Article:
A lot happens where the Willamette River dumps into the Columbia.
Ships constantly haul goods in and out of Portland and Vancouver. Threatened salmon swim under their hulls, and migrating birds, as well as planes, fly overhead.
The Port of Portland is now pressing to expand operations, by having the city annex part of an island in the Columbia River. The port’s big plans for West Hayden Island will be the subject of a meeting tonight in Portland, as Rob Manning reports.
Rob Manning: "I’m standing in a parking lot at Jantzen Beach, which is what most people probably think of when they hear about Hayden Island. There’s a Best Buy here, a Video Only, Circuit City, a Home Depot… But there’s a whole other side of the island, that doesn’t have any of these stores.”
Rob Manning: “There’s a gate and a train trestle that basically cuts Hayden Island in half, from the east side to the west side. So, you can only go so far unless you’re accompanied by someone with the Port of Portland.”
Sebastian Degens: “OK, we’re currently standing on the north side of West Hayden Island.”
Sebastian Degens is the planning and development manager at the Port of Portland. He and I are looking north at the Columbia River.
Sebastian Degens: “We’re looking at the Portland-Vancouver harbor. There’s a grain elevator that’s loading grain, or unloading grain, from a barge right here. And there’s steel scrap being unloaded at Vancouver’s adjacent dock.”
If the Port had its way, harbor operations would expand here, within sight of the Port of Vancouver and the Port of Portland.
That expansion would include another terminal - potentially cranes, elevators, and rail and trucking operations.
Sebastian Degens: “Fundamentally, it’s the north shore that we’re standing on that has the greatest potential from a harbor perspective. This is the side that has the navigation channel that’s been improved.”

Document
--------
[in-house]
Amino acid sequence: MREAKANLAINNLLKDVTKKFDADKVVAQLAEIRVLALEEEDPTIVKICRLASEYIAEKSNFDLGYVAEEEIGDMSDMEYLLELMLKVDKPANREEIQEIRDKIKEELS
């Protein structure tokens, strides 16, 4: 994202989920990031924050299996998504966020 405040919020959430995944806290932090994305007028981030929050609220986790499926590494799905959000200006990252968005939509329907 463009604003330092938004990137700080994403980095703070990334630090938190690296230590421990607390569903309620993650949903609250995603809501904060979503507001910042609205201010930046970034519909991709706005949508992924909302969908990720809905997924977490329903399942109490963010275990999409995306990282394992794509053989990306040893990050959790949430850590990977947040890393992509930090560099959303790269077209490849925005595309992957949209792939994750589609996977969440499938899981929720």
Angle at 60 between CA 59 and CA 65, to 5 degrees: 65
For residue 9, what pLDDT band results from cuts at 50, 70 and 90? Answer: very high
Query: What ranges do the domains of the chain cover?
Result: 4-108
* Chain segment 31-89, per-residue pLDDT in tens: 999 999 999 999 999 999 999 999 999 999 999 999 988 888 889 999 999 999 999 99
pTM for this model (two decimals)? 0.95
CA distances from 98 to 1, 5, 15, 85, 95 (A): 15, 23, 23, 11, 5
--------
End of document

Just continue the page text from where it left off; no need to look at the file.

Port officials say West Hayden Island’s proximity to rail lines and the river make it perfect for a new terminal. They hope to balance the development by improving the wetlands on the island’s south side.
Sebastian Degens: “We’ve identified several of these sites as potential for more enhancement for off-channel habitat areas.”
But the Port tried the shipping and habitat split before - ten years ago. The Audubon Society of Portland helped stop plans, in 1999.
But the Port is trying again— because officials say there’s nowhere else to go.
Conservation director, Bob Sallinger, is no happier now, as he looks over the gate to West Hayden Island.
Bob Sallinger: “The idea of putting parking lots over 4 or 500 acres of intact wildlife habitat and calling it good for the environment is really just a joke.”
Sallinger says the Port failed to prove the economic and environmental case ten years ago, and can’t make it, today.
Sallinger wants to protect as much of West Hayden Island as possible, to help retain all the historic habitat he can.
Bob Sallinger: “And so, when you remove this piece, you’re undermining that entire system. And that entire system is just a remnant of what was here historically. And to a large degree it’s failing in many ways, already.”
The past ten years have raised more complex environmental issues including climate change, and concern about the survival of salmon.
Bill Wyatt: “Anybody who says it’s more complicated today than it was ten years ago is right. But that doesn’t mean it can’t be done.”
That’s Port director, Bill Wyatt. He says the environmental questions can be solved later in the process.
Audubon’s Bob Sallinger says the Port is delaying the hard questions, until it’s too late to stop.
The West Hayden Island community working group is likely to hear tonight from one more interest group: East Hayden island. Local residents want a piece of the west side, too, for parks and boat ramps.
So West Hayden may get pulled in three directions - by birds, barges, and boaters.